Even when he sought solace in the company of other atheists, he often found evidence to the contrary. In one poignant moment – a conversation that would prove to be a turning point in his thinking on the reality of God and Jesus – a fellow atheist made a remarkable statement that stopped Lewis in his tracks.

“Early in 1926 the hardest boiled of all the atheists I ever knew sat in my room on the other side of the fire and remarked that the evidence for the historicity of the Gospels was really surprisingly good,” Lewis later wrote in Surprised by Joy. “‘Rum thing,’ he went on. ‘All that stuff of Frazer’s about the Dying God. … It almost looks as if it had really happened once.’”

This was the catalyst that moved Lewis from an atheist to a theist. But he was not yet a Christian. That transformation again occurred slowly over time.

Then one Sunday morning in September of 1931, Lewis took a stroll with two colleagues, J. R. R. Tolkien and Hugo Dyson, at a place called Addison’s Walk on the campus of Magdalen College. Having begun their conversation the night before, talking about metaphor, myth, and Christianity, they now moved on to the concept of sacrifice. Lewis shared the experience in a letter to a friend:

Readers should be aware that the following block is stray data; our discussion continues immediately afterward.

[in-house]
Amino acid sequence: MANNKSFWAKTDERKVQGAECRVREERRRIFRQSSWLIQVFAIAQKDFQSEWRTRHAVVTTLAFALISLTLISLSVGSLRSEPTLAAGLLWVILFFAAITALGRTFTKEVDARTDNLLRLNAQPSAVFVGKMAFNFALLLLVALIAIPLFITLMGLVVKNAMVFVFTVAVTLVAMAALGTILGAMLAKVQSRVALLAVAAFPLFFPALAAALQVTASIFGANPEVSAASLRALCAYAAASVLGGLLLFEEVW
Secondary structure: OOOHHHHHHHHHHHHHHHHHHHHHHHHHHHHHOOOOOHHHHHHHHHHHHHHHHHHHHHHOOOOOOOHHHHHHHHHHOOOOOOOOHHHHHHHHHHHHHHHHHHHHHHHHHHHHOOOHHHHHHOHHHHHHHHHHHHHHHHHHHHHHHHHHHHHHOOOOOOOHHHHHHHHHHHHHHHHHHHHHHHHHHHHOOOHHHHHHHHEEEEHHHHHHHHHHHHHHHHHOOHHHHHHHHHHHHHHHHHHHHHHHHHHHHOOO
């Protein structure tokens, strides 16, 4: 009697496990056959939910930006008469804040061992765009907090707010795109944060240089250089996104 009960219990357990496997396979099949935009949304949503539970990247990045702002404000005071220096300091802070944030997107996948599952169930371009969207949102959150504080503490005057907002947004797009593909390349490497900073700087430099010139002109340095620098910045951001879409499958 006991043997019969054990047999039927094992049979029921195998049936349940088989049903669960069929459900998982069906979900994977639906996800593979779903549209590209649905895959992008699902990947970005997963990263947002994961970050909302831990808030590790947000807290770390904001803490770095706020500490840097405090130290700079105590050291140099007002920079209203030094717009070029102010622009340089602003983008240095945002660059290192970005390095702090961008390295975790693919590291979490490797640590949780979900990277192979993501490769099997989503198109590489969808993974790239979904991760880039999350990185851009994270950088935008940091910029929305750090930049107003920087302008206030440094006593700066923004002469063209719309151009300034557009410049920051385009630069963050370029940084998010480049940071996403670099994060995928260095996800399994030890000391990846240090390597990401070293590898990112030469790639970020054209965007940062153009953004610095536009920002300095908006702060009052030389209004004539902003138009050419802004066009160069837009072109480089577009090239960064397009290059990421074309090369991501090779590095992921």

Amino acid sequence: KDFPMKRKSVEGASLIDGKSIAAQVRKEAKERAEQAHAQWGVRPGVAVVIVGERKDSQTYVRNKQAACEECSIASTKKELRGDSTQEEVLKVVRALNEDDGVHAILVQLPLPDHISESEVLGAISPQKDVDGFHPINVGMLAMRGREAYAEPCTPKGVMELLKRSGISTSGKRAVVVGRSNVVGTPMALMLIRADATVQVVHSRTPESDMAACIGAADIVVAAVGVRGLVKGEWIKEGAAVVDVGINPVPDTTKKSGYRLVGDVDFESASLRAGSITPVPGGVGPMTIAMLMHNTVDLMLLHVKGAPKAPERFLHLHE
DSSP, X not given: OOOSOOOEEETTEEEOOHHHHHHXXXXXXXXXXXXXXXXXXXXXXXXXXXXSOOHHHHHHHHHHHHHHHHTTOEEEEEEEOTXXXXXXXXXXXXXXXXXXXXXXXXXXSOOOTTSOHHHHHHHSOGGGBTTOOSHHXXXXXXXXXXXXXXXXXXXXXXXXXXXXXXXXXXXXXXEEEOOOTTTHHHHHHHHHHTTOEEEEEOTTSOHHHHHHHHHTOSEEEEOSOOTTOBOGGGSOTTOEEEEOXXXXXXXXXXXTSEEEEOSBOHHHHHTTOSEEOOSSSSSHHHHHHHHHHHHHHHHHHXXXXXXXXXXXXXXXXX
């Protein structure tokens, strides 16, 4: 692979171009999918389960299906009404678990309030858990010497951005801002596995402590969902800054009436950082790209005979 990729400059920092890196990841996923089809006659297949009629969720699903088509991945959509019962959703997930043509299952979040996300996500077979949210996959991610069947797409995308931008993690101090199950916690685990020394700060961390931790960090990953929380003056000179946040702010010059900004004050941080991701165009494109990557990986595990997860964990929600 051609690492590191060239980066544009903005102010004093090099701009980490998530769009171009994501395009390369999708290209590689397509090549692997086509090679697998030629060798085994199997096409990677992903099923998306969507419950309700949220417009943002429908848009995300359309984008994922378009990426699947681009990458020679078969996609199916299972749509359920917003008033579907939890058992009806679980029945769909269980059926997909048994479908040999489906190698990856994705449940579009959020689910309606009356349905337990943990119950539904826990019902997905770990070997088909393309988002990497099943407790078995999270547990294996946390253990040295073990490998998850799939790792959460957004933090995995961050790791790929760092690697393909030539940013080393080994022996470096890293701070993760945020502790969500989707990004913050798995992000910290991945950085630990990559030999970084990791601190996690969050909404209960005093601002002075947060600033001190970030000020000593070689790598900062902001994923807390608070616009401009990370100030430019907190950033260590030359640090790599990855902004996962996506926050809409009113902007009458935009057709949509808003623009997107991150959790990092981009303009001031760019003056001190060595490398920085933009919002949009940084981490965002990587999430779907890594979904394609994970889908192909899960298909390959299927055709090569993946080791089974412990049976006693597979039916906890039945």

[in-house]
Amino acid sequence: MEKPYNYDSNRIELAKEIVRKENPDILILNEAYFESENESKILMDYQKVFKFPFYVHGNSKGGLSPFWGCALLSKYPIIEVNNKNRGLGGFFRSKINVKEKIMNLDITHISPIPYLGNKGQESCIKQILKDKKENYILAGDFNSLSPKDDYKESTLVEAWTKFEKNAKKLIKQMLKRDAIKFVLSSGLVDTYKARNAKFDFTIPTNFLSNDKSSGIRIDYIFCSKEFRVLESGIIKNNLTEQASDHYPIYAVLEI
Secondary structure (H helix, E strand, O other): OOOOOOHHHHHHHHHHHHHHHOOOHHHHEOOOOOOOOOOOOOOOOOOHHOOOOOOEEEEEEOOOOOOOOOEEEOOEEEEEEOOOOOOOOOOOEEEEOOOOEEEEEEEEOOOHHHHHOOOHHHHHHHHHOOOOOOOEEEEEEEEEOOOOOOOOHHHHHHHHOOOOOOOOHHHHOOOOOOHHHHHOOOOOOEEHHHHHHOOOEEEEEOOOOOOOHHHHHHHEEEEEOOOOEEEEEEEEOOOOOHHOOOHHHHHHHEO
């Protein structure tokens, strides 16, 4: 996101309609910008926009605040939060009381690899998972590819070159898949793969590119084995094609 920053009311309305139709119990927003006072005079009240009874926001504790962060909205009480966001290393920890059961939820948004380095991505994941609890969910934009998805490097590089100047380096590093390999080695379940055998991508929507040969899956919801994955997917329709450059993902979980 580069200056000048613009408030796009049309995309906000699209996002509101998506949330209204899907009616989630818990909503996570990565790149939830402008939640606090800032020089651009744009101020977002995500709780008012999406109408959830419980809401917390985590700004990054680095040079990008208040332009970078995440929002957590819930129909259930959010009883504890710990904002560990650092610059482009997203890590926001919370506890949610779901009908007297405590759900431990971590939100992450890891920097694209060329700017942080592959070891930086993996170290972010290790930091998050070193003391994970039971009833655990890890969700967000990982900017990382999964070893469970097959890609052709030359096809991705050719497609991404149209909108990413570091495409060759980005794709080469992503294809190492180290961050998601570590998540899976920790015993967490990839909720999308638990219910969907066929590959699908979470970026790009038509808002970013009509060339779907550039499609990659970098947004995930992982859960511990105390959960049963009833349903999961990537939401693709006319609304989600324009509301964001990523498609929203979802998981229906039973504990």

“Now what Dyson and Tolkien showed me was this: that if I met the idea of sacrifice in a Pagan story I didn’t mind it at all: again, that if I met the idea of a god sacrificing himself to himself … I liked it very much and was mysteriously moved by it: again, that the idea of the dying and reviving god (Balder, Adonis, Bacchus) similarly moved me provided I met it anywhere except in the Gospels. The reason was that in Pagan stories I was prepared to feel the myth as profound and suggestive of meanings beyond my grasp even tho’ I could not say in cold prose ‘what it meant’.”

“Now the story of Christ is simply a true myth: a myth working on us in the same way as the others, but with this tremendous difference that it really happened.”

Why the Resurrection?

The longing that Lewis felt as he studied the Norse mythology is the same emotion that grips us when we watch a great superhero movie. As we thrill to the adventures on the movie screen, we think to ourselves, “We are made for more than this.” And we are!

You and I were placed on this earth by a loving heavenly father for a purpose. We are created in His image and likeness for greatness. As a result, every human being has an inner drive that points us back to our Creator. That is why so many religions and cults exist around the world. Mankind is searching for God like a guided missile seeks its target.

And God wants to be found.

But we human beings have a problem called sin – and deep down, everyone knows it. A brief glance at daily headlines, or a simple review of human history makes this dilemma plain to see. Human beings are fatally flawed.